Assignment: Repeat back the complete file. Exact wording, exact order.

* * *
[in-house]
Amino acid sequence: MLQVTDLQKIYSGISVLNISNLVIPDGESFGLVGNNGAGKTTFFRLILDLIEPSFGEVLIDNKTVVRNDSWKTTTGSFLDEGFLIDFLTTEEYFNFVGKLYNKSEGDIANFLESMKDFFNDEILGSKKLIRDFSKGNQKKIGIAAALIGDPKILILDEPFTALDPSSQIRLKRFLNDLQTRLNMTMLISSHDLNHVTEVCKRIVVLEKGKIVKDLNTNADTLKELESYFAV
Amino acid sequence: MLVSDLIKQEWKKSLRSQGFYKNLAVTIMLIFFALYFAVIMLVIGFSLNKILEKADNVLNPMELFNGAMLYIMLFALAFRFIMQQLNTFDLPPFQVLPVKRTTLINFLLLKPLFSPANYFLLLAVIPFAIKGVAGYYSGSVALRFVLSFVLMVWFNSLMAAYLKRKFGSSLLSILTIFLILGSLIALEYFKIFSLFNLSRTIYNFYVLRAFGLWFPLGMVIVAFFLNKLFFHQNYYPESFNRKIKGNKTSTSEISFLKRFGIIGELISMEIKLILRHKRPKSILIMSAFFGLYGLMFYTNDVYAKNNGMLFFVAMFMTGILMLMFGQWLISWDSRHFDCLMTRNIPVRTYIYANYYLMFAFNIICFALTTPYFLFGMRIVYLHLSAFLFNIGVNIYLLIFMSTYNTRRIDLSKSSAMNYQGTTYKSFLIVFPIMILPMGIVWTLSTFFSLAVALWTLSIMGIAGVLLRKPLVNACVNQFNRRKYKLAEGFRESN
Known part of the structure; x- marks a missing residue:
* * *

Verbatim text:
[in-house]
Amino acid sequence: MLQVTDLQKIYSGISVLNISNLVIPDGESFGLVGNNGAGKTTFFRLILDLIEPSFGEVLIDNKTVVRNDSWKTTTGSFLDEGFLIDFLTTEEYFNFVGKLYNKSEGDIANFLESMKDFFNDEILGSKKLIRDFSKGNQKKIGIAAALIGDPKILILDEPFTALDPSSQIRLKRFLNDLQTRLNMTMLISSHDLNHVTEVCKRIVVLEKGKIVKDLNTNADTLKELESYFAV
Amino acid sequence: MLVSDLIKQEWKKSLRSQGFYKNLAVTIMLIFFALYFAVIMLVIGFSLNKILEKADNVLNPMELFNGAMLYIMLFALAFRFIMQQLNTFDLPPFQVLPVKRTTLINFLLLKPLFSPANYFLLLAVIPFAIKGVAGYYSGSVALRFVLSFVLMVWFNSLMAAYLKRKFGSSLLSILTIFLILGSLIALEYFKIFSLFNLSRTIYNFYVLRAFGLWFPLGMVIVAFFLNKLFFHQNYYPESFNRKIKGNKTSTSEISFLKRFGIIGELISMEIKLILRHKRPKSILIMSAFFGLYGLMFYTNDVYAKNNGMLFFVAMFMTGILMLMFGQWLISWDSRHFDCLMTRNIPVRTYIYANYYLMFAFNIICFALTTPYFLFGMRIVYLHLSAFLFNIGVNIYLLIFMSTYNTRRIDLSKSSAMNYQGTTYKSFLIVFPIMILPMGIVWTLSTFFSLAVALWTLSIMGIAGVLLRKPLVNACVNQFNRRKYKLAEGFRESN
Known part of the structure; x- marks a missing residue: